10oz potato

1 cup non-starchy vegetables




During the off-season I do a more flexible approach but make sure I hit my daily calorie and macro goal. I also shoot for mostly “clean foods” but do enjoy some low-fat muffins, pancakes, waffles etc. and make sure I time my carbohydrates around my pre-, intra-, and post- workout for optimal performance and recovery. I do eat a fair amount of carbs at each meal during the offseason as I need them in order to reach my daily goal. I usually have one or two cheat meals per week during the off-season as long as I am staying lean.

Weight loss - where do I start?


Weight loss comes down to calories in versus calories out. However, as many people can attest losing weight is not always easy and with all the fad diets and misinformation out there, it can be confusing. When trying to lose weight the first thing to remember is what you really should be trying to do is lose body fat while maintaining your lean muscle. This is imperative for long-term results and to keep your metabolism high. The best approach is combining weight training, proper nutrition, and some cardio or conditioning work. If you’re not working out at all and a true beginner, I suggest starting with 3-4 days of weight training focused on using mostly compound exercises that you can perform safely. You may also want to start with 2-3 days of low intensity cardio. If you're already working out on a regular basis, that’s great and depending on your overall goals, you may want to continue with your current regimen or take it to the next level. We will cover how to progress your workouts at a later date in a separate article. Once you have started exercising it's time to focus on your nutrition. The best way to start is by estimating your daily caloric needs. We can do this by first using the following Harris Benedict Equation to find your basil metabolic rate. This is the amount of calories your body would burn at rest with no activity. If math wasn’t your favorite subject, we can use a quick estimate of 11x your body weight in lbs.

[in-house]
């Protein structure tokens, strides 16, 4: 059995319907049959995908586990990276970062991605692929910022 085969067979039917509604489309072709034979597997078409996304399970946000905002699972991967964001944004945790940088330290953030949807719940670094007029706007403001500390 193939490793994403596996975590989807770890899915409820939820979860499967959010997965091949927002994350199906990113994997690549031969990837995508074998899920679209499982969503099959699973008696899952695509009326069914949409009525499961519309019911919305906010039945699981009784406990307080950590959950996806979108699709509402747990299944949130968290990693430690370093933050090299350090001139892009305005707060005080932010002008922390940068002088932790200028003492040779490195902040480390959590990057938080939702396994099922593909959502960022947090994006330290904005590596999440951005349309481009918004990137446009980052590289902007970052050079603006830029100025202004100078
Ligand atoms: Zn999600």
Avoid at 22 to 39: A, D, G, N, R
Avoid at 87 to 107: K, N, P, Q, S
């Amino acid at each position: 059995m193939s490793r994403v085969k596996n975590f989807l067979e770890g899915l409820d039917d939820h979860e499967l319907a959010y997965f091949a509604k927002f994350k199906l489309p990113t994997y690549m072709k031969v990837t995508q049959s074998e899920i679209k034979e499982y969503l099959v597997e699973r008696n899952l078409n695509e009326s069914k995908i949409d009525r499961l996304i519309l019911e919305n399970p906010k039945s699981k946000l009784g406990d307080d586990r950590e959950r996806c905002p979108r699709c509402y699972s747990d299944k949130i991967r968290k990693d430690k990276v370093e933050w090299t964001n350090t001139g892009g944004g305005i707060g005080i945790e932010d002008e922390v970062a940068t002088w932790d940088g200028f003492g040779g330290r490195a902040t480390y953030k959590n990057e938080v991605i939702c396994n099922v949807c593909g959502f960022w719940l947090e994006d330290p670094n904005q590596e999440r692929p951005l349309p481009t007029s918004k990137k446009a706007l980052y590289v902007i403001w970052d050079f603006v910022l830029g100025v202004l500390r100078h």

Harris Benedict Equation

Calculation for men

BMR = 66.47 + ( 13.75 x weight in kg ) + ( 5.003 x height in cm ) - (6.755 x age in years )

Calculation for women

BMR = 655.1 + ( 9.563 x weight in kg ) + ( 1.850 x height in cm ) - ( 4.676 x age in years )


Once we have this we need to multiply it by your activity level.

Sedentary 1.2
Mild activity 1.3
Moderate activity 1.5
Heavy activity 1.7
Extreme activity 1.9


We can also add about 6-10% to cover the thermic effect of food. This final number should give you a estimate of how many calories you need daily to maintain your current weight. We now need to create a deficit by taking in fewer calories. One lb is 3500 calories. A healthy weight loss goal is 1-2 lbs a week. So I recommend cutting 500 calories to start or 15%-20% of your maintenance level. Here are a few things to keep in mind. First, women seldom should go below 1200 calories per day and men shouldn’t go below 1800 calories per day according to the American College of Sports Medicine (ACSM). Secondly, weight loss isn’t linear, and calories burned from activity are hard to measure.  Hormones can also affect how many calories our body is burning versus storing. If you reduce calories too quickly you, run the risk of breaking down muscle for energy and thus lowering your metabolism. The best approach is to slowly lower your caloric intake below maintenance levels a the beginning as this will also give us room to make adjustments as weight loss slows. This is also a topic we will cover in another article.


The next step is to decide where you are getting your calories are coming from.  I recommend taking care of protein first, as this will help protect against muscle loss. I recommend taking in somewhere between 1 and 1.5 grams of protein per lb bodyweight.  I tend to prefer a lower fat approach and generally consume fat intake between 15-25% of my total calories. I fill in the rest with carbs making sure to focus the majority of them around my workout to provide energy and help with recovery especially when they get low.  To properly figure out your starting macros, remember that 1g protein is 4 calories, 1 gram carbohydrate is 4 calories, and 1 gram fat is 9 calories.


Finally, make sure to mostly choose minimally processed whole foods. I recommend getting the majority of your protein from lean meats, eggs, dairy, and whey or casein protein supplements. For carbohydrates make sure to choose plenty of vegetables to help with fiber and micros, some fruit, and starchy carbs such as oatmeal, potatoes, and rice. Fats should come from your protein sources that you’re eating and things like coconut oil, nuts, seeds, fish oil, and avocados. This is in no way a complete list; this is just a few of many examples. Using a variety of foods is best, as it helps protect against nutritional deficiencies.  It also doesn’t hurt to allow for some flexibility in your diet. No food should be completely off limits, if you know how to proper track your macros and if 90% of your diet is coming from nutrient-dense foods.

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Disclaimer: Any nutritional information provided is for general informational purposes only and is not intended to be treated as medical advice and should not under any circumstances be used to replace professional medical diagnosis, treatment, or advice. Please consult a medical or health professional before you begin any nutrition, exercise, or supplementation program.